Documentary maker Bob Connolly joins peers including Scott Hicks, Phillip Noyce, Tom Jeffrey, Fred Schepisi and Peter Weir as recipient of the outstanding achievement award for a body of work. The former ABC journalist made his name with several documentaries produced with his wife, Robin Anderson (who died in 2002), including Oscar-nominated First Contact, Joe Leahy’s Neighbours and Rats in the Ranks. He has recently completed his sixth feature documentary, Mrs Carey’s Concert. Tony Tilse, a director on the first three series of Underbelly as well as City Homicide, Lockie Leonard, All Saints, Police Rescue, Scorched and Postcard Bandit, will receive the Michael Carson Award for excellence in television drama production. And the first assistant director’s award will go to Chris Webb, who since 1985 has worked as first assistant director on 35 feature films, including The Shiralee, Farscape and the upcoming Red Dog and Oranges and Sunshine.
THERE’S a rare occurrence this weekend in the US , with three Australian films simultaneously in release. Mao’s Last Dancer continues to lead the pack, adding another $US340,000 ($364,000) for a total box office there of $US2.2 million. It is holding its box office on 102 screens, as is David Michod’s Animal Kingdom, which is accruing strong reviews and is now on 61 screens. It added another $US110,000 for a total box office of $US718,873. The new release is this year’s highest-grossing Australian film, Bran Nue Dae, starring Jessica Mauboy, Geoffrey Rush and Dan Sultan, which opened on 16 screens for an opening weekend of $US23,527. Hopefully it can build a niche audience as successfully as the former movies and set up solid DVD releases.
IT seems likely Bran Nue Dae will lose its place as the highest-grossing Australian film so far in 2010 to Stuart Beattie’s adaptation of John Marsden’s novel Tomorrow, When The War Began. The teen action film earned another $2m over the weekend to get to $7.1m. Bran Nue Dae’s box office this year reached $7.5m. New releases Despicable Me and The Other Guys took the top two spots at the Australian box office during the weekend, the animated comedy earning $3.2m for a $4.9m total box office and the Will Ferrell and Mark Wahlberg comedy earning $2.7m. The other big new release, The Sorcerer’s Apprentice, earned $1.2m. The special edition re-release of Avatar didn’t work in Australia, dropping off the top 20 list after adding only another $500,000 to its $115m take.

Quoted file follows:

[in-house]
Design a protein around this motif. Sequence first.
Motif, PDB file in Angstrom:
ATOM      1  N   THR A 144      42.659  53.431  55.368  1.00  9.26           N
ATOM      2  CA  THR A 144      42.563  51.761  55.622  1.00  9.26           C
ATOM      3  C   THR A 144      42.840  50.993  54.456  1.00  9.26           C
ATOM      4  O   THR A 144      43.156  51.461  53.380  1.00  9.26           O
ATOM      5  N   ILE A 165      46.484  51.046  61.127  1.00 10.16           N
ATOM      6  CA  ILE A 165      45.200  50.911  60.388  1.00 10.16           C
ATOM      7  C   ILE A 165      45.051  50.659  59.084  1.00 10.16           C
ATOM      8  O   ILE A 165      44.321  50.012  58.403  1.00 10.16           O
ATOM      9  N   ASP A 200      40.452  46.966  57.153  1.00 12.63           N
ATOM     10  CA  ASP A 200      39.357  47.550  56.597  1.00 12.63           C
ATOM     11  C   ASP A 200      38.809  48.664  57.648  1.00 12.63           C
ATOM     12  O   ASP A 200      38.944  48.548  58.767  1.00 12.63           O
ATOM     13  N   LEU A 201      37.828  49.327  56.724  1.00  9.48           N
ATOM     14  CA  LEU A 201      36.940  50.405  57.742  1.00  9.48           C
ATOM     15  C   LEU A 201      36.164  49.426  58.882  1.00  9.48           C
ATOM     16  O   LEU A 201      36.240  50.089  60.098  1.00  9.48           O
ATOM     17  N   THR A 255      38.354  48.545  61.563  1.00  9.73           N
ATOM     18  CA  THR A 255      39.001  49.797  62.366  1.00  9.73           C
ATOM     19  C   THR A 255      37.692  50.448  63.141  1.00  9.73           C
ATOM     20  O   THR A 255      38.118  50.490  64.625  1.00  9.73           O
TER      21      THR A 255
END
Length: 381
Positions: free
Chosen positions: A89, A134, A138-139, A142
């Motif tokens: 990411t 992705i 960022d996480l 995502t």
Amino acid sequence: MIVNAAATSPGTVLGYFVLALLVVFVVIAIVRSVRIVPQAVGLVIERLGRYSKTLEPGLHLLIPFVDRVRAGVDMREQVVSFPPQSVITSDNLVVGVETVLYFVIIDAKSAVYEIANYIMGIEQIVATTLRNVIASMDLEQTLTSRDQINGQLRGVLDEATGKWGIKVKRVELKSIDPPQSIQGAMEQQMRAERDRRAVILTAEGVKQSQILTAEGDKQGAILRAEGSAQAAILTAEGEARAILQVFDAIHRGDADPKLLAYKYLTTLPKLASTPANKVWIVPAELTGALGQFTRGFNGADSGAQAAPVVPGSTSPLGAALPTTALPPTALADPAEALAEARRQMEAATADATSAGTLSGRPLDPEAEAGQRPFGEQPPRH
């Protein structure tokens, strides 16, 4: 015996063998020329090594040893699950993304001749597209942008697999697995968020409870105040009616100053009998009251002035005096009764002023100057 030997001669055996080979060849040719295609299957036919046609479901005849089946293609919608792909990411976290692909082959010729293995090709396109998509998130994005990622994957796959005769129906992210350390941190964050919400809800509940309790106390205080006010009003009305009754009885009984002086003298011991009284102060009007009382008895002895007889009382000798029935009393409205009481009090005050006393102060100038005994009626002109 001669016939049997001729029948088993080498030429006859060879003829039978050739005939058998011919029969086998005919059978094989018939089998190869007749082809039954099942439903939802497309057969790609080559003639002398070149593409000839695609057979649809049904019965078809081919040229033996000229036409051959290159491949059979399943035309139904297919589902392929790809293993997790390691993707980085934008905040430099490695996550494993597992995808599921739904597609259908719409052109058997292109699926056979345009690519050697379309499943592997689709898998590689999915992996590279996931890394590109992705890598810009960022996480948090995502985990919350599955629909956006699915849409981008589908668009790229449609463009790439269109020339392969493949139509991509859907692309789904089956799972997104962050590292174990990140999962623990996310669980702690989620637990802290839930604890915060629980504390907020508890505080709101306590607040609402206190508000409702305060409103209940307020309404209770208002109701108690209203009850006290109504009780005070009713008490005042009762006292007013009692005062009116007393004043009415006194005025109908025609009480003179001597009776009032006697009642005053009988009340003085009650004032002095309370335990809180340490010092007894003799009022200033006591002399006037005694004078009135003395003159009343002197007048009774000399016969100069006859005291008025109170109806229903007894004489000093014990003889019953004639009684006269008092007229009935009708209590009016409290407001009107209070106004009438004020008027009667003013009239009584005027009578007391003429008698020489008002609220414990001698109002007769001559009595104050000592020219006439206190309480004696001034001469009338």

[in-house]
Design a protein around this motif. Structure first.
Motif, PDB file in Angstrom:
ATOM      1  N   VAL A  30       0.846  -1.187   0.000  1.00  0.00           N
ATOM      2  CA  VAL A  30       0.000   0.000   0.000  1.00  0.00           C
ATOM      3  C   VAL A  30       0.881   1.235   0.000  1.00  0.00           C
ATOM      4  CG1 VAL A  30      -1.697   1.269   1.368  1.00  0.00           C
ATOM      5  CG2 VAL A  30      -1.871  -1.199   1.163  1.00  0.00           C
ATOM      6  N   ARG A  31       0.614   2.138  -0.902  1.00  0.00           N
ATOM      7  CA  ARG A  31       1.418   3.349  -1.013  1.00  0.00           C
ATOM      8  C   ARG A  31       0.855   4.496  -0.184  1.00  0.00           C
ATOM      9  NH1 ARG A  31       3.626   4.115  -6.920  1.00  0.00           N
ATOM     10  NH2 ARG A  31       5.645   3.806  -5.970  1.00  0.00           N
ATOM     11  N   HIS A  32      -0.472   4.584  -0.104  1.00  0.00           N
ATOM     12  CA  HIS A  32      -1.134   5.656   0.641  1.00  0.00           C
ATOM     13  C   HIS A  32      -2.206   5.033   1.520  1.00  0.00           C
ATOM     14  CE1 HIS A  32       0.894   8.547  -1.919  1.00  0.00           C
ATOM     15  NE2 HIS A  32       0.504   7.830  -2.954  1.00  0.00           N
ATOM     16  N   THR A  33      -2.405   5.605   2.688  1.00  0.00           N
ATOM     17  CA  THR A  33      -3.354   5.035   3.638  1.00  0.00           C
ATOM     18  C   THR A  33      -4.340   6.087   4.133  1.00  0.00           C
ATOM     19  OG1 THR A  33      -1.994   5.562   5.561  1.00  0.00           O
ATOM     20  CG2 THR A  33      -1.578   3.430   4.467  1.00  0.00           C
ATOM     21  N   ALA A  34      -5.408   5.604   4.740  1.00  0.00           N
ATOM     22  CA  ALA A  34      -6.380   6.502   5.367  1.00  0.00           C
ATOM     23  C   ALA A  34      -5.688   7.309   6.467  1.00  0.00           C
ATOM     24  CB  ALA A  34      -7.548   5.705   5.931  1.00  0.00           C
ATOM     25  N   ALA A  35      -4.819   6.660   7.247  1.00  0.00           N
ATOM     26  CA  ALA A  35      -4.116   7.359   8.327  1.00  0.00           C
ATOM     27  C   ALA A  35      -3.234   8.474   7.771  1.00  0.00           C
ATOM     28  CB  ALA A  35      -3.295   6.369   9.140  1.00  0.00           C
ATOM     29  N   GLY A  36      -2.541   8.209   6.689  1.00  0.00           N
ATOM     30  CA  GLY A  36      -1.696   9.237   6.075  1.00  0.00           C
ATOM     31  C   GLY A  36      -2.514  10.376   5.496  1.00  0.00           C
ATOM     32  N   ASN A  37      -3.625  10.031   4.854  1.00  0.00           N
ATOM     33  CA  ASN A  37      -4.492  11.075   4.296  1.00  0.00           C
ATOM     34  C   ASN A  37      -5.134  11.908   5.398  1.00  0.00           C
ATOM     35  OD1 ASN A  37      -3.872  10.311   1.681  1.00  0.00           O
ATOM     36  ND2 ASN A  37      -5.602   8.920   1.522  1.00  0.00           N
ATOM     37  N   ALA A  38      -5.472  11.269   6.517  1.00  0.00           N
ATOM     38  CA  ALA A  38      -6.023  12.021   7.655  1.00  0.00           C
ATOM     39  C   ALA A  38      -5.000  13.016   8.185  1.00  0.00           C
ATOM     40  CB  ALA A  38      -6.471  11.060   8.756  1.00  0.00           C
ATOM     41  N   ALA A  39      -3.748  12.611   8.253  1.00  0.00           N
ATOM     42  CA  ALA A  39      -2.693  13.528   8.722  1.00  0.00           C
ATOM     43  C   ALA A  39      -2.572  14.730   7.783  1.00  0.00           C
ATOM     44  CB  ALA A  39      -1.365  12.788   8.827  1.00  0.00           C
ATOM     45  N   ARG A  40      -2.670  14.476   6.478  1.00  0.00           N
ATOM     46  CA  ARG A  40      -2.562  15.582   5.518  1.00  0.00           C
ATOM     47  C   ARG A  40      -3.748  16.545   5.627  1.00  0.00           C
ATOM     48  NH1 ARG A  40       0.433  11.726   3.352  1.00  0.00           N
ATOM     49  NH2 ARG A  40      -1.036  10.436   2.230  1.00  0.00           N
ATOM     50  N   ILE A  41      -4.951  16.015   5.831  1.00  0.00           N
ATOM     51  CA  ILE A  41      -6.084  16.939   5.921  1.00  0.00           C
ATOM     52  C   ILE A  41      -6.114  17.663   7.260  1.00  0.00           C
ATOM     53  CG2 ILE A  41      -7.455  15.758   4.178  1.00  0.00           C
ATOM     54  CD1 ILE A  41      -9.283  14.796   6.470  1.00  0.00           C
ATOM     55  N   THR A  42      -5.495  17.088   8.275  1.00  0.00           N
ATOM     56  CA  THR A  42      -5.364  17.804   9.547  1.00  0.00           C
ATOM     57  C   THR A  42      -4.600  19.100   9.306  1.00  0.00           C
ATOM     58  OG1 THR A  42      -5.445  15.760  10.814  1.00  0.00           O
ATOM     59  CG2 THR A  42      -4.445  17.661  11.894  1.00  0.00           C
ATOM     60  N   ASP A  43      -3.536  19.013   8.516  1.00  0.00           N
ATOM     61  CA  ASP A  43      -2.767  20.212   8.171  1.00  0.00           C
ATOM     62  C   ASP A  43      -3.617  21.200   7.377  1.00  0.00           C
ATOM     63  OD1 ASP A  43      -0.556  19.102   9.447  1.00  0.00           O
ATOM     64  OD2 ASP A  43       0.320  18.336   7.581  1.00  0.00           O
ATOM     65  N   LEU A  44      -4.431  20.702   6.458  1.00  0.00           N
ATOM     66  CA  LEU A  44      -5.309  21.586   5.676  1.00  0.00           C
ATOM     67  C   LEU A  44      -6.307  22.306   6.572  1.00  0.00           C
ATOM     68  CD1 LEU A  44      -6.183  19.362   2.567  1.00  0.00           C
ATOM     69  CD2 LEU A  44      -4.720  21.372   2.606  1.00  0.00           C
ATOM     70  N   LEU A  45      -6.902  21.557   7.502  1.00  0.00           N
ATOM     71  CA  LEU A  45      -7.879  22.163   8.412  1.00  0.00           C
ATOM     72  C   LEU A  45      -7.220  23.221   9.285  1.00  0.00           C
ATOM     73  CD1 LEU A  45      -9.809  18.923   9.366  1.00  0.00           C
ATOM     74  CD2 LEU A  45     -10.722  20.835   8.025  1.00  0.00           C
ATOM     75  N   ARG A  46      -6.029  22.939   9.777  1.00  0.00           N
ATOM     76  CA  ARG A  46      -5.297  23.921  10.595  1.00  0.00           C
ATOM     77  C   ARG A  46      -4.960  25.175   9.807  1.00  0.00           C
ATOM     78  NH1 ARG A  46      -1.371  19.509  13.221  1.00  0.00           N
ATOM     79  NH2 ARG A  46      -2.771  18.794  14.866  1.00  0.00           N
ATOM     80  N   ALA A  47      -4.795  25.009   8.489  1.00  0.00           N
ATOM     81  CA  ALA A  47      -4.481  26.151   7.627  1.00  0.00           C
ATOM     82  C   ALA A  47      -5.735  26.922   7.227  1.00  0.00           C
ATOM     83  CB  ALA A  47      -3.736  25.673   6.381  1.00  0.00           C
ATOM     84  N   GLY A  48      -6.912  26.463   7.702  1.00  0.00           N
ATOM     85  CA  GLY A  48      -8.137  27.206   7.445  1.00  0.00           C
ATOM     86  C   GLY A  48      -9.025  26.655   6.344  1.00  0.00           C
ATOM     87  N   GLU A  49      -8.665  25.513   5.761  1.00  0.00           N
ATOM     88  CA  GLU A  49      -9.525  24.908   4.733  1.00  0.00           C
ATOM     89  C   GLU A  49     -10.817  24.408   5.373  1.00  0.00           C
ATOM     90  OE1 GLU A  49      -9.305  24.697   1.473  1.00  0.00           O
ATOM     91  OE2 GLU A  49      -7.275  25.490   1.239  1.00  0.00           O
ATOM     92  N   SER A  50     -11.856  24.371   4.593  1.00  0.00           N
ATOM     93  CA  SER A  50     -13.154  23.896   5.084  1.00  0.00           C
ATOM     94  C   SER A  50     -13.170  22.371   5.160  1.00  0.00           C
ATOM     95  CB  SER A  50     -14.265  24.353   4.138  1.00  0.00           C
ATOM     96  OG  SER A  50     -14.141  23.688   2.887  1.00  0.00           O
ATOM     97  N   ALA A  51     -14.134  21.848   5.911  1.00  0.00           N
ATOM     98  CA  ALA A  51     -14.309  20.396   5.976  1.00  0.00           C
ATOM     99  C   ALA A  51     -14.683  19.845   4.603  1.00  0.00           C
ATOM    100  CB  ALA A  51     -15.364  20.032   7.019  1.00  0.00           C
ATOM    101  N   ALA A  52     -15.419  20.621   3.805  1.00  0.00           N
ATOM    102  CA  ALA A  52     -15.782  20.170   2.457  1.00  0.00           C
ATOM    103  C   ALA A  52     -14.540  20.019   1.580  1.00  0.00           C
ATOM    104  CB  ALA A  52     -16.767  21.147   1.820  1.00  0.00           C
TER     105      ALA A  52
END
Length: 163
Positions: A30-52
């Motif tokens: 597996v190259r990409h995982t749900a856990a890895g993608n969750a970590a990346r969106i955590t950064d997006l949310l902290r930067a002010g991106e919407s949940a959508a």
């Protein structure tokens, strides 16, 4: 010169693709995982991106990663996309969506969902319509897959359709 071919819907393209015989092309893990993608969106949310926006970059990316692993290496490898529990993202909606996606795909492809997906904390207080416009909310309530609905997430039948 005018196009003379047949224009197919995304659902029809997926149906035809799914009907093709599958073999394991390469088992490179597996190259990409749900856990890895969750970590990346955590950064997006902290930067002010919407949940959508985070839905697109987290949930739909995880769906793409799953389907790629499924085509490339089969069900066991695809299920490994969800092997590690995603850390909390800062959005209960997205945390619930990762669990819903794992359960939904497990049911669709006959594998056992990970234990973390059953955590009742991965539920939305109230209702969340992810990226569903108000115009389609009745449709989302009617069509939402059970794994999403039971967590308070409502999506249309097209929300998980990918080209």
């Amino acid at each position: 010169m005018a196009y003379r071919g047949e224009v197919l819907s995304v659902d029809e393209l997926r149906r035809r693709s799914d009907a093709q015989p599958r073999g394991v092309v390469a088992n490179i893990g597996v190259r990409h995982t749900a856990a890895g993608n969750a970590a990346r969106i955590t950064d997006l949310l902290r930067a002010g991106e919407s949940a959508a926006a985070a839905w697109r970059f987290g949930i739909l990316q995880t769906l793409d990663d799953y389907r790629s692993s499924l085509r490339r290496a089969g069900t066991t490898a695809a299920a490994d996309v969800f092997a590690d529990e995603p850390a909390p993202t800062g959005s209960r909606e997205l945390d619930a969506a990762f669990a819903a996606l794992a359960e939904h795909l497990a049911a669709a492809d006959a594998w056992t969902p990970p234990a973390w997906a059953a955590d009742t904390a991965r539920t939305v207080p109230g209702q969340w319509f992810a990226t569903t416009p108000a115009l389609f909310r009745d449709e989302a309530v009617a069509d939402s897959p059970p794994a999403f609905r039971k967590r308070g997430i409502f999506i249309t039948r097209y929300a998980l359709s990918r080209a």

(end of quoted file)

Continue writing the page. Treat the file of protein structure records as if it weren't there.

AFTER a few years in which the curious Asia Pacific Screen Awards have found it difficult to cut through, because many prizes were awarded to unscreened films from the region, this year’s batch of entries may find greater public recognition. Already the entries for the 2010 APSAs have a more familiar look. Which is not to say they are the best films from the region. Nevertheless, the entries are recognisable and accessible to Australian audiences at least, whether through the festival circuit this year or even in coming commercial release. Australian entrants include Animal Kingdom, The Tree and upcoming animation Legends of the Guardians: Owls of Ga’Hoole. New Zealand’s wonderful Boy is entered, as are the Thai Palme d’Or winner Uncle Boonmee Who Can Recall His Past Lives, the highest grossing Chinese film, Feng Xiaogang’s Aftershock, Venice International Film Festival Silver Lion winner Women Without Men by Iranian director Shirin Neshat, and Golden Lion winner Samuel Maoz’s Lebanon. Also likely to feature at the awards, to be held on the Gold Coast on December 2, are Takashi Miike’s 13 Assassins, which recently premiered in Venice, India’s 3 Idiots, and Berlin film festival Golden Bear winner Honey, directed by Turkey’s Semih Kaplanoglu. All up, more than 230 films from 40 countries have entered. Nominees will be announced next month.
THE usually Oz-friendly Pusan International Film Festival in South Korea has chosen six Australian feature films and an Australian short to screen this year. The UK-Australian co-production Oranges and Sunshine will have its world premiere in the World Cinema section next to Ivan Sen’s experimental Dreamland and Ben C. Lucas’s break-out debut, Wasted on the Young. The Korean world premiere of Oranges and Sunshine is a weird fit considering the film is a very Anglo tale about the organised deportation to Australia of British children held in care. It stars Emily Watson, David Wenham and Hugo Weaving. Belinda Chayko’s Lou will screen in the Flash Forward section for first or second films from up-and-coming filmmakers from non-Asian countries. Patrick Hughes’ western thriller Red Hill gets more exposure in Pusan’s Midnight Passion program and Ashlee Page’s short film The Kiss will have its international premiere in the Wide Angle section. The festival opens on October 7.